All the Swears, For This…


March 14, 2014 by Lorna Richardson

This thesis examines the impact of the democratic promises of Internet communication technologies, social and participatory media on the practice of public archaeology. This exploration is focused within professional archaeological communities working in commercial archaeology, higher education, local authority planning departments and community settings, as well the voluntary archaeology sector, in the UK.

This work has contributed an innovative perspective on the subject matter through its use of a Grounded Theory approach to data collection and analysis, and the use of a combination of online survey data, case studies and email questionnaires in order to address the following issues: the provision of authoritative archaeological information online; barriers to participation; policy and organisational approaches to evaluating success and archiving; community formation and activism, and the impact of digital inequalities and literacies on participation in inclusive public archaeology.

This work has made significant contributions to debates on the practice and impact of public archaeology. It has shown that archaeologists do not proactively support the interpretations and perspectives created and imagined by non-professionals within the framework of the participatory web (MacArthur 2011, 61). In the UK at least, this is frequently because the alternative interpretations simply do not exist, belong firmly in the realms of the uncanny or unreasonable, or are part of spiritual beliefs, local or family history and folklore, and therefore not part of professionally-produced archaeological data or narratives, but remain of value to the communities in which they are sustained.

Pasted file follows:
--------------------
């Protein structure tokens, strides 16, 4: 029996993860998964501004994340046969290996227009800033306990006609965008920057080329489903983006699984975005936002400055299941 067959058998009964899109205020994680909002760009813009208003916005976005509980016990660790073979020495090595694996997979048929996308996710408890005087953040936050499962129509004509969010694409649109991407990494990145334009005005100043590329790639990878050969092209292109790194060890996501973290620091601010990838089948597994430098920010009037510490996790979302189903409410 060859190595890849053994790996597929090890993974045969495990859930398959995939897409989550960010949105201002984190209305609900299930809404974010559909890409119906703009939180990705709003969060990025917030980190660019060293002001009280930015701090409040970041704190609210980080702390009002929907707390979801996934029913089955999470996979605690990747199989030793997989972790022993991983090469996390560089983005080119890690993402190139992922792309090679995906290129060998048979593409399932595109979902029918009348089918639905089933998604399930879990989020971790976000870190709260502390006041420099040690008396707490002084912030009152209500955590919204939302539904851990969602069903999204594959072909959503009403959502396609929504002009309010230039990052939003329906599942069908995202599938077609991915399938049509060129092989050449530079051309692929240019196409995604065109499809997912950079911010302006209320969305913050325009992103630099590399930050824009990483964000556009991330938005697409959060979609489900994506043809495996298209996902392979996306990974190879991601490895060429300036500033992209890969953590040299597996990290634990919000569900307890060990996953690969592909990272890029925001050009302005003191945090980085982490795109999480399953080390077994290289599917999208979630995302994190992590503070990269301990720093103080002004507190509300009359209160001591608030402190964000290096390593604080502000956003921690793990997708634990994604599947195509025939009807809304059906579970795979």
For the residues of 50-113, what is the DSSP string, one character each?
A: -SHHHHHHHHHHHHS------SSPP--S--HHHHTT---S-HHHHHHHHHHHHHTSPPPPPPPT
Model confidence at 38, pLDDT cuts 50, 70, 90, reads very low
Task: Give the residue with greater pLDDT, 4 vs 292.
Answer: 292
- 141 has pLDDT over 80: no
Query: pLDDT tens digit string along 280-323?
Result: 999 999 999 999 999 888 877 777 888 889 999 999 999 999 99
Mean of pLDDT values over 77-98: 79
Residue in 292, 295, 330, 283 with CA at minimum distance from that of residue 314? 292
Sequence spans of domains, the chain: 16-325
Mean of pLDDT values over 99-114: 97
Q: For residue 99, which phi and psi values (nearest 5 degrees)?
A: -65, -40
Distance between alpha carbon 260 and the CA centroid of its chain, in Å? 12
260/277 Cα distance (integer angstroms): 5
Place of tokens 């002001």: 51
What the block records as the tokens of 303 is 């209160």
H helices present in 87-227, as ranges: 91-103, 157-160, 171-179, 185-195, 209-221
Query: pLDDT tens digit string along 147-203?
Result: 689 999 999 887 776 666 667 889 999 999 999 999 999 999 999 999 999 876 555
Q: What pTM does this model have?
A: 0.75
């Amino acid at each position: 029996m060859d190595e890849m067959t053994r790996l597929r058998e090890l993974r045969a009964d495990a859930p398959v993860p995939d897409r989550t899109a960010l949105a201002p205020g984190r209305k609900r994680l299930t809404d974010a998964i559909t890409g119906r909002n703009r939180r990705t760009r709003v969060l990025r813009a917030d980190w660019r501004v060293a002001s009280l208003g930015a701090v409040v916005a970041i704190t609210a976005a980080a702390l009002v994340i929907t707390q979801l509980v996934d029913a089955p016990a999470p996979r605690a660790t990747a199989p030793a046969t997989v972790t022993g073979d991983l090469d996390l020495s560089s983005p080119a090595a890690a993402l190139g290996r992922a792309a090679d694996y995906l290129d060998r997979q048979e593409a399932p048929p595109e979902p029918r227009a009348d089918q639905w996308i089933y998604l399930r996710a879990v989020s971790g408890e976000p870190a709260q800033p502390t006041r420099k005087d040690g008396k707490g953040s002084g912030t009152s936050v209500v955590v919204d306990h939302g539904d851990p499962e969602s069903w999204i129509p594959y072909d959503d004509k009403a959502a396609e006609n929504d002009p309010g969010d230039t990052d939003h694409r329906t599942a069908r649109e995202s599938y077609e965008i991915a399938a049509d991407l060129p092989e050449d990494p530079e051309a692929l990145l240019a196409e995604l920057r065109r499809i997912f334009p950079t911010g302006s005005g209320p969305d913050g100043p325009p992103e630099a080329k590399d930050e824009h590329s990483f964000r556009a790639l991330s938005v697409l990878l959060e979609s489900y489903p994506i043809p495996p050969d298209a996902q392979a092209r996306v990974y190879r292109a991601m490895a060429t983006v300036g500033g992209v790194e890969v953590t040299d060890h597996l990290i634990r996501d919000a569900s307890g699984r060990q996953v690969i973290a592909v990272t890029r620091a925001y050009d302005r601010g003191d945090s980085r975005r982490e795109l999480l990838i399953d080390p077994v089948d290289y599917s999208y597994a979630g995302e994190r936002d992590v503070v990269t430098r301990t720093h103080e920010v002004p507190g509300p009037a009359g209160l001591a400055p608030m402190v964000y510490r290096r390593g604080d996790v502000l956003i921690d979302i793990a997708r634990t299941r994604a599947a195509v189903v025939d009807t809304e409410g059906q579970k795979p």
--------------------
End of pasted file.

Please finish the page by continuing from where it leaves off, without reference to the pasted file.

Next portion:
This work documents a period of great change within the practice of public archaeology in the UK, and captures some of the digital ephemera associated with this shift in policy and practice. It concludes with the observation that we have not yet witnessed digital public archaeologies that have lead “to the creation and modification of social customs“ (Evrard 1997, 171).

This work has shown that whilst recognition of democratic participation and multi-perspectivalism is not, on the whole, undertaken through a process of actively acknowledging shared authority or through accommodating poly-vocal responses to archaeological information, there remains potential for participatory media to support and accommodate these ideals.

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